Since 2021, the US has sponsored over 800 two-way trade and investment partnerships in 47 African countries, totalingmore than $18 billion in value, with $8.6 billion in investment deals from the US private sector. Trade in goods and services between the United States and Africa reached $83.6 billion in 2021, supported by initiatives such as PGII, Prosper Africa, and Power Africa. In addition, there have been discussions on extending AGOA and finding new trade deals, which are notable initiatives in this regard.

Since the beginning of Biden’s administration, the United States has invested approximately $20 billion in African health programmes. This includes money for HIV/AIDS, malaria control, family planning, reproductive health, and addressing the health, humanitarian, and economic consequences of COVID-19. These bilateral initiatives supplement the United States’ investments in multilateral institutions such as the World Health Organisation and Gavi, the Vaccine Alliance.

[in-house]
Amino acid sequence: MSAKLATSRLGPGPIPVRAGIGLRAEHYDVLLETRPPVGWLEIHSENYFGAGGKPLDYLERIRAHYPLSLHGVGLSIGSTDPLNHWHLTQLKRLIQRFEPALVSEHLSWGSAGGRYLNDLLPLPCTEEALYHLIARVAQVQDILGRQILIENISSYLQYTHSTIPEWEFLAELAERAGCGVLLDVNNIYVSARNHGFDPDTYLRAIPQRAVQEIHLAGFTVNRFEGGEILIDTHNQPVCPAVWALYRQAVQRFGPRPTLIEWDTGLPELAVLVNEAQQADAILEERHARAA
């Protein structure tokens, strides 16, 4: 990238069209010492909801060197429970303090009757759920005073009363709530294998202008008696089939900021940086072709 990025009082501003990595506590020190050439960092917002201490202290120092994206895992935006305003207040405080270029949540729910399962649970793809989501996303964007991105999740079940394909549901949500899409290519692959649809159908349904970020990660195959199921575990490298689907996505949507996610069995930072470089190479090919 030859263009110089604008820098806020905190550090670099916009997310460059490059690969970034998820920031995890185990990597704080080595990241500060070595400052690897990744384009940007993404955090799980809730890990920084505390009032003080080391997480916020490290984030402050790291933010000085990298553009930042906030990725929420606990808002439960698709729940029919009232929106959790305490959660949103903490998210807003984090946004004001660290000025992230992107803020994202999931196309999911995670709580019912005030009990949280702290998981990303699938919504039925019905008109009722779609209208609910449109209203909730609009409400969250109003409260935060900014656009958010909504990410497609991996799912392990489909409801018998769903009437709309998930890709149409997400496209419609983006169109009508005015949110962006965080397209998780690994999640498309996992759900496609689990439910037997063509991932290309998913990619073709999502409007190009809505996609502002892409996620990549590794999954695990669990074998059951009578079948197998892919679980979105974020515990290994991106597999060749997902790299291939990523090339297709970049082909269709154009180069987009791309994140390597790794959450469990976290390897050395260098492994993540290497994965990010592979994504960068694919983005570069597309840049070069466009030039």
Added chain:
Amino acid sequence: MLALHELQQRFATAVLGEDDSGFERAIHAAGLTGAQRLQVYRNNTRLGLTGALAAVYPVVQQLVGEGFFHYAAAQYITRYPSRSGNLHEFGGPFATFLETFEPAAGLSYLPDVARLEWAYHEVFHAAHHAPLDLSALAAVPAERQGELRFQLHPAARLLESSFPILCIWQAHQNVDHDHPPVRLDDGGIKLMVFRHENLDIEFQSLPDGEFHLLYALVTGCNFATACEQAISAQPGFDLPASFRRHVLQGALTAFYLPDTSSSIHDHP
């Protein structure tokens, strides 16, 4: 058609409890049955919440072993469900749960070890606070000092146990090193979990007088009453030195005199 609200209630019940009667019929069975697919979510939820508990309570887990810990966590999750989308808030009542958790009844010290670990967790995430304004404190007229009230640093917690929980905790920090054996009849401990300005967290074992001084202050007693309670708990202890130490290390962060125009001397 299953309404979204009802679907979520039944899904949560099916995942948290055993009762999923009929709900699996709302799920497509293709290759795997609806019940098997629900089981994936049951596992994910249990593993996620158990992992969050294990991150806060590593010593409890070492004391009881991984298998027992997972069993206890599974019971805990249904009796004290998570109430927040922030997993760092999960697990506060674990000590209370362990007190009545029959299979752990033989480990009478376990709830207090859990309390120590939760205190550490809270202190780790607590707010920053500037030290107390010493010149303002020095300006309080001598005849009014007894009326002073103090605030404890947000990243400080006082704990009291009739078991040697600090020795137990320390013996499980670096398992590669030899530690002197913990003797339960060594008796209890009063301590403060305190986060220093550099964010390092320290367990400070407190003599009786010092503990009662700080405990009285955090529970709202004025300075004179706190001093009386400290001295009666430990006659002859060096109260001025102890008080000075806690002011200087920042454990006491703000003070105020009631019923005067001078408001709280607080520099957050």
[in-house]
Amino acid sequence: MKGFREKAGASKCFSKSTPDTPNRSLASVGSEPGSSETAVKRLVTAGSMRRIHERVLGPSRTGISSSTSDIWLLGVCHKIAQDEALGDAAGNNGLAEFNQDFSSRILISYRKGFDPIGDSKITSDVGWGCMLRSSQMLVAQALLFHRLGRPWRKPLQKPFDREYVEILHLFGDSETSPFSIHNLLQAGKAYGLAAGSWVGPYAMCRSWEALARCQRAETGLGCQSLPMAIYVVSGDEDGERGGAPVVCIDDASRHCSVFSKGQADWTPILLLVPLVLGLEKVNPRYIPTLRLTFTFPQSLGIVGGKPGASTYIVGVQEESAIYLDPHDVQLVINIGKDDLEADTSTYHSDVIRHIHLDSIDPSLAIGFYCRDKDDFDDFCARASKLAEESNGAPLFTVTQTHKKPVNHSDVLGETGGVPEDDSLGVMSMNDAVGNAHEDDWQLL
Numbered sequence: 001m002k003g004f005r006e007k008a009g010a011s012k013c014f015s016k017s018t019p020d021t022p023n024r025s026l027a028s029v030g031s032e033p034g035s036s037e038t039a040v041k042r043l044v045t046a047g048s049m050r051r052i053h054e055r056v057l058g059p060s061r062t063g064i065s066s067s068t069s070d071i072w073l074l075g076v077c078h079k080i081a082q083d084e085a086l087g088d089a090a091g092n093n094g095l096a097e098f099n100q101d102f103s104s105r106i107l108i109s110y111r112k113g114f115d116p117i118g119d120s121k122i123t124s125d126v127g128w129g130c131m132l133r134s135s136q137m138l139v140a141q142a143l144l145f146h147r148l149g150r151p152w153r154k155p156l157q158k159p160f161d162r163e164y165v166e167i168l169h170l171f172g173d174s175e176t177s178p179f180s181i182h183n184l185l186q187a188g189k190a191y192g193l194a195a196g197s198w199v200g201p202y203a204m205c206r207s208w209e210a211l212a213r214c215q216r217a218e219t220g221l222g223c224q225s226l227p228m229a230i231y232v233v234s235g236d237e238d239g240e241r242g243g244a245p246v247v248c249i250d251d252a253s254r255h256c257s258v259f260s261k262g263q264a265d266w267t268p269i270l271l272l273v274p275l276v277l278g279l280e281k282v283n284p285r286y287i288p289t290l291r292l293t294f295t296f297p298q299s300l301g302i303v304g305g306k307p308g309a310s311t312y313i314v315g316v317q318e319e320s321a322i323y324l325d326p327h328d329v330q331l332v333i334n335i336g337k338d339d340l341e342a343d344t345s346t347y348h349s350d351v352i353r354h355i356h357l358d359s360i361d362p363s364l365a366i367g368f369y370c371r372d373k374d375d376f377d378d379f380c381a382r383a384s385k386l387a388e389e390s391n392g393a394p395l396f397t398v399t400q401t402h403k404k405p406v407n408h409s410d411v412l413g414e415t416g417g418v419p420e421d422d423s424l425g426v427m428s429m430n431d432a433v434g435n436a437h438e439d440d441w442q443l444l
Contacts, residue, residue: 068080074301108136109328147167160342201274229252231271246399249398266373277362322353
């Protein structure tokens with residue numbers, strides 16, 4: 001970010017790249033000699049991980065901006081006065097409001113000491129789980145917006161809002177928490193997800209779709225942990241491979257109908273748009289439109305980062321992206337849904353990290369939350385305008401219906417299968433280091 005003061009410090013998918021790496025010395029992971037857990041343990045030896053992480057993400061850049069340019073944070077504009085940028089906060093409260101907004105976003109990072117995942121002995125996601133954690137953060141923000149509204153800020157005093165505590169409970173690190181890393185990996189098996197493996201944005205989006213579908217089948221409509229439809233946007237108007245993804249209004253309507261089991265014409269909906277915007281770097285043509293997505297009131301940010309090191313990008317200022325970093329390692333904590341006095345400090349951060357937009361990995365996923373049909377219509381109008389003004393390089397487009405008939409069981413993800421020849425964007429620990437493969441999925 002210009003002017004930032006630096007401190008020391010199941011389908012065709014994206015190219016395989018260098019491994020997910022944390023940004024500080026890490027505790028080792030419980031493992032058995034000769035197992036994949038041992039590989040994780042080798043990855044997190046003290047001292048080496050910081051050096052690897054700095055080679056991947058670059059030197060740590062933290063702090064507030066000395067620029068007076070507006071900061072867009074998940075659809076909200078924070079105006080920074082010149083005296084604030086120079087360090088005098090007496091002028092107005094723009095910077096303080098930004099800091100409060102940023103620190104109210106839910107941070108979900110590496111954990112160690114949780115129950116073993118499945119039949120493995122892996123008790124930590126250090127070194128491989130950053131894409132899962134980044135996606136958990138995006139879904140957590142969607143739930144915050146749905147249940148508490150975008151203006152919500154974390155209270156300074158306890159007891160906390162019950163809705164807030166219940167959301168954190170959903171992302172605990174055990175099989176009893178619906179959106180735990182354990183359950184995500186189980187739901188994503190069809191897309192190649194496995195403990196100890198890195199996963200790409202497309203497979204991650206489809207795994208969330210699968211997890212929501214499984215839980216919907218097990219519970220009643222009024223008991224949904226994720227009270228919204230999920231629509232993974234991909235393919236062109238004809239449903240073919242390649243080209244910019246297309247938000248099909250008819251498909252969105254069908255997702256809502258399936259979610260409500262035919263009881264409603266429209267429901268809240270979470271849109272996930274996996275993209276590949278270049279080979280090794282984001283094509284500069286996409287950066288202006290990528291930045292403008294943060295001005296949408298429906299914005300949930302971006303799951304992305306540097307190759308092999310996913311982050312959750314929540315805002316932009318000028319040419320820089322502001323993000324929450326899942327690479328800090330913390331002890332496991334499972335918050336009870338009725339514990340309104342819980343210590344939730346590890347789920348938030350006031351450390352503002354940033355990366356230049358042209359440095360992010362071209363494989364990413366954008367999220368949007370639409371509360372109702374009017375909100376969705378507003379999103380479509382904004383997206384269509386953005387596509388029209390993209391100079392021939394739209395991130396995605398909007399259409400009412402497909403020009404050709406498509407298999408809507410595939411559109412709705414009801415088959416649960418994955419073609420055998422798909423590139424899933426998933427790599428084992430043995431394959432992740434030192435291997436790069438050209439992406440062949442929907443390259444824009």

One notable health initiative is the US President’s Malaria Initiative (PMI), which partners with the Centres for Disease Control and Prevention (CDC) to fund health workforce programmes throughout Africa. PMI assists community health workers in 24 malaria-affected nations.

The CDC provides ongoing training and technical assistance to Africa’s CDC personnel and supports the Field Epidemiology Training Programme in response to public health challenges in the region. Through investments in health initiatives, millions of lives have been saved, and health systems have been strengthened as well. Africa can testify to falling rates of maternal and child mortality.